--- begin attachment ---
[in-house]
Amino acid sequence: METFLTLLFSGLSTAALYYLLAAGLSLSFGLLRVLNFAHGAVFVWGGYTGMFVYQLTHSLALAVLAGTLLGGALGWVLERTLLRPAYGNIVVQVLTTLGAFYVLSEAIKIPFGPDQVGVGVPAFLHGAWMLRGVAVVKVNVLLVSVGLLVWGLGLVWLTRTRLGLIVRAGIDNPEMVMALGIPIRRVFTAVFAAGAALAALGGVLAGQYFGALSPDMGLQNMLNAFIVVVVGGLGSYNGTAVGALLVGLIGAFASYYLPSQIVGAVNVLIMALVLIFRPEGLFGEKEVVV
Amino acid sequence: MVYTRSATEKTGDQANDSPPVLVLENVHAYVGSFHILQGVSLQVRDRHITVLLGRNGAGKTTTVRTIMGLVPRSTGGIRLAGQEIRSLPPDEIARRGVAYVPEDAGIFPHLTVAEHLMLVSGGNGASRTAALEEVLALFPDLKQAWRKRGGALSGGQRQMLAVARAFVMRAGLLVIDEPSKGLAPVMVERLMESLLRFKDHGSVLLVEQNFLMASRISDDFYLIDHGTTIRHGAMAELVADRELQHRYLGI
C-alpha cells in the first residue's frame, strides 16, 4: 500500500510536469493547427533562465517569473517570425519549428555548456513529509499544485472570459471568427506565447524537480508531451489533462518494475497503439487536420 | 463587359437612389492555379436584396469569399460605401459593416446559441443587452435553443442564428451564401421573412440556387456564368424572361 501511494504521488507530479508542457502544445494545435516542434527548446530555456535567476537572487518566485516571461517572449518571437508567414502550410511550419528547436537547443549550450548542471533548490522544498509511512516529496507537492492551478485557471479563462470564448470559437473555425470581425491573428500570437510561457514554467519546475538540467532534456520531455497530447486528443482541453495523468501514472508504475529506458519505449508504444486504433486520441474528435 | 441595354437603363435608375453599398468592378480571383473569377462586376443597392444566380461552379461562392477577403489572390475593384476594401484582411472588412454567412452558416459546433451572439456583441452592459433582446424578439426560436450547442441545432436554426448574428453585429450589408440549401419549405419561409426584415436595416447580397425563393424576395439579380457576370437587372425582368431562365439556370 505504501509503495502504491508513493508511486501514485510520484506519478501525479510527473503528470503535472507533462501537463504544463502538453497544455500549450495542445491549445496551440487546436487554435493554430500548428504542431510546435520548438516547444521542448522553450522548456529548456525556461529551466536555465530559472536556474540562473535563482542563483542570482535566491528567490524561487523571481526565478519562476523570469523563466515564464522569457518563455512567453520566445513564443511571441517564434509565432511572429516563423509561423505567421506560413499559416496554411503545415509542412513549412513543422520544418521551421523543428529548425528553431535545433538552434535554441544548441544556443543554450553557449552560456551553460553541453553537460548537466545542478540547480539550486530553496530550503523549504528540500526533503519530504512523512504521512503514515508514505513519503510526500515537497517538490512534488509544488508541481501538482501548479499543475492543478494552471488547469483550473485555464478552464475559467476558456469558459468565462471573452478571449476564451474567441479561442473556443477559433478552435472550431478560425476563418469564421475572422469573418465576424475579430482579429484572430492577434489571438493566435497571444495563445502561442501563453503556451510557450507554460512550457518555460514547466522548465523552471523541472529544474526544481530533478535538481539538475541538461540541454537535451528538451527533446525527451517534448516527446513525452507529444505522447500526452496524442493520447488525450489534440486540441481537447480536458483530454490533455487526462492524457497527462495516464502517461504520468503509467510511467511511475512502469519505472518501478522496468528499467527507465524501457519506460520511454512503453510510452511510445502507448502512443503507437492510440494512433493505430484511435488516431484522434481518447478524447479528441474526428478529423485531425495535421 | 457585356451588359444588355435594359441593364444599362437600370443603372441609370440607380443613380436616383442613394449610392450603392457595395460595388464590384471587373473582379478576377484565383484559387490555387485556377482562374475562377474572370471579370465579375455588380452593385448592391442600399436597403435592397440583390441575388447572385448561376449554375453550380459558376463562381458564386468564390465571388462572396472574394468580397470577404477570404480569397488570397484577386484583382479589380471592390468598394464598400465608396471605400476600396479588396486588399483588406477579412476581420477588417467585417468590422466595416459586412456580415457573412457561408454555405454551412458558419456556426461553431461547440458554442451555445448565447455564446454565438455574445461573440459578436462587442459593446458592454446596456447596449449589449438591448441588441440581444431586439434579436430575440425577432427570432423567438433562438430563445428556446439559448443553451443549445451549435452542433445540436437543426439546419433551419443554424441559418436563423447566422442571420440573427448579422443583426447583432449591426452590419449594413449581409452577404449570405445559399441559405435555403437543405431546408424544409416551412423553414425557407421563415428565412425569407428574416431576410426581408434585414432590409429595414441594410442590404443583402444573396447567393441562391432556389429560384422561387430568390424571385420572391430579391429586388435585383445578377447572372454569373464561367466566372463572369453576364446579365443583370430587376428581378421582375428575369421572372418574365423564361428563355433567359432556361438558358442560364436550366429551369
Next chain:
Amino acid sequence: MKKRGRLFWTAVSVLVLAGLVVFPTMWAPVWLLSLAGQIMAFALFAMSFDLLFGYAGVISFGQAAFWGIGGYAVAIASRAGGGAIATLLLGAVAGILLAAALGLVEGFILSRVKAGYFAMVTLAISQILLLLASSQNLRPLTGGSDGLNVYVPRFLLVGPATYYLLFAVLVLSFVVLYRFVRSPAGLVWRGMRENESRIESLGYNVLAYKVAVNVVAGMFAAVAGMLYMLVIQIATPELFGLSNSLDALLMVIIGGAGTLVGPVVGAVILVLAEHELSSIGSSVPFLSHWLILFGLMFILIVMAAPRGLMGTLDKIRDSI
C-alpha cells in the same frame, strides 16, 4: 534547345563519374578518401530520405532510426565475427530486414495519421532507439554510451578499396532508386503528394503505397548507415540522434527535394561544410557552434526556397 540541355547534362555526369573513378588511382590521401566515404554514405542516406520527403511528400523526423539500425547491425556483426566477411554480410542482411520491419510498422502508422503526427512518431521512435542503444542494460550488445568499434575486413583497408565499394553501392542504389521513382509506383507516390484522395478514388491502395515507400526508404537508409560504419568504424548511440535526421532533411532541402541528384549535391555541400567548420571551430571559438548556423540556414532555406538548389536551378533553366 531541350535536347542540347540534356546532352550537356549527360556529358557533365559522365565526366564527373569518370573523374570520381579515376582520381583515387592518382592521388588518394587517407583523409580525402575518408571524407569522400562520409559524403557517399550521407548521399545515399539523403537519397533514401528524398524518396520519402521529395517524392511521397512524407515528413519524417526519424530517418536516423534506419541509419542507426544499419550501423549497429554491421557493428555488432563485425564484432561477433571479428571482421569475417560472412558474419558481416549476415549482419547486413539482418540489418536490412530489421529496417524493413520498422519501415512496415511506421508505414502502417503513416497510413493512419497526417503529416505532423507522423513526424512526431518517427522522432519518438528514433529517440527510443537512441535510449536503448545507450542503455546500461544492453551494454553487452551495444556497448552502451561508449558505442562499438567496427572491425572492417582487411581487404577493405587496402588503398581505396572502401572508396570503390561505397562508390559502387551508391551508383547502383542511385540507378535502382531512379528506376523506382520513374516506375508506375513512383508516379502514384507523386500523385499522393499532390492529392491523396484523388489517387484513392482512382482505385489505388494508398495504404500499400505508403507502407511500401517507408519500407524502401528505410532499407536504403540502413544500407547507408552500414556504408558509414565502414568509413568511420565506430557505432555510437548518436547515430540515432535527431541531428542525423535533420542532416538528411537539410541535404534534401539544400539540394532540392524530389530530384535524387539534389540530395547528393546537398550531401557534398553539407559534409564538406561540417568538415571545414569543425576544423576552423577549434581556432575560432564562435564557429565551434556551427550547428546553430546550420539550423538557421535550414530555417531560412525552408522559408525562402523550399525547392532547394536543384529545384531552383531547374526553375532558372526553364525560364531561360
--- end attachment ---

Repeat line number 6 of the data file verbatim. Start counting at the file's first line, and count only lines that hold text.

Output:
Amino acid sequence: MKKRGRLFWTAVSVLVLAGLVVFPTMWAPVWLLSLAGQIMAFALFAMSFDLLFGYAGVISFGQAAFWGIGGYAVAIASRAGGGAIATLLLGAVAGILLAAALGLVEGFILSRVKAGYFAMVTLAISQILLLLASSQNLRPLTGGSDGLNVYVPRFLLVGPATYYLLFAVLVLSFVVLYRFVRSPAGLVWRGMRENESRIESLGYNVLAYKVAVNVVAGMFAAVAGMLYMLVIQIATPELFGLSNSLDALLMVIIGGAGTLVGPVVGAVILVLAEHELSSIGSSVPFLSHWLILFGLMFILIVMAAPRGLMGTLDKIRDSI